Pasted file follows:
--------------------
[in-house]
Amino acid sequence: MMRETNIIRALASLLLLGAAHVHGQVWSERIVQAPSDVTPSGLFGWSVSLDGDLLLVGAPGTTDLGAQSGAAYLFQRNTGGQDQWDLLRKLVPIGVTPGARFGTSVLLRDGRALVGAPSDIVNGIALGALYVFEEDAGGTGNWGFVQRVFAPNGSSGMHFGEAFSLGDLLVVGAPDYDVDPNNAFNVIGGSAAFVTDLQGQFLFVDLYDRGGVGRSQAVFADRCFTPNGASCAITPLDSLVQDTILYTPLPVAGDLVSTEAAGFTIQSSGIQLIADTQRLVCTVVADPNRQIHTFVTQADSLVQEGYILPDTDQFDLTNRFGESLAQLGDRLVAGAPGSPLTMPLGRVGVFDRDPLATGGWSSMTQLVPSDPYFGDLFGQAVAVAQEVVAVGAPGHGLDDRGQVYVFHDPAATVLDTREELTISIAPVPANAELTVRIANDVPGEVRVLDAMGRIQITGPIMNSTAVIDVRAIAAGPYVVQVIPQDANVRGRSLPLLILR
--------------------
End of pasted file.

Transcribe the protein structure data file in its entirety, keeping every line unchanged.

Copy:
[in-house]
Amino acid sequence: MMRETNIIRALASLLLLGAAHVHGQVWSERIVQAPSDVTPSGLFGWSVSLDGDLLLVGAPGTTDLGAQSGAAYLFQRNTGGQDQWDLLRKLVPIGVTPGARFGTSVLLRDGRALVGAPSDIVNGIALGALYVFEEDAGGTGNWGFVQRVFAPNGSSGMHFGEAFSLGDLLVVGAPDYDVDPNNAFNVIGGSAAFVTDLQGQFLFVDLYDRGGVGRSQAVFADRCFTPNGASCAITPLDSLVQDTILYTPLPVAGDLVSTEAAGFTIQSSGIQLIADTQRLVCTVVADPNRQIHTFVTQADSLVQEGYILPDTDQFDLTNRFGESLAQLGDRLVAGAPGSPLTMPLGRVGVFDRDPLATGGWSSMTQLVPSDPYFGDLFGQAVAVAQEVVAVGAPGHGLDDRGQVYVFHDPAATVLDTREELTISIAPVPANAELTVRIANDVPGEVRVLDAMGRIQITGPIMNSTAVIDVRAIAAGPYVVQVIPQDANVRGRSLPLLILR